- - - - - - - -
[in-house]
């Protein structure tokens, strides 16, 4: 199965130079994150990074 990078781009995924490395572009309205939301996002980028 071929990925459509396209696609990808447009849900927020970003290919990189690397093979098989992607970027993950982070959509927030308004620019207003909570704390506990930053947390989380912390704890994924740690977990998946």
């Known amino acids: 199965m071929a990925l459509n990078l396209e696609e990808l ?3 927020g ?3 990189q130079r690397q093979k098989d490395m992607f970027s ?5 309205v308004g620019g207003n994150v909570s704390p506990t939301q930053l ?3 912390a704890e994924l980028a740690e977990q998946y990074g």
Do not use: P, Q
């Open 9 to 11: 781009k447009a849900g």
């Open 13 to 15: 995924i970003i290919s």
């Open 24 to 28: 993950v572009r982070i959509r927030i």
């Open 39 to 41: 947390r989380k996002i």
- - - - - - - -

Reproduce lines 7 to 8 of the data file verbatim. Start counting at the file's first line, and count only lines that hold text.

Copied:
């Open 24 to 28: 993950v572009r982070i959509r927030i």
């Open 39 to 41: 947390r989380k996002i």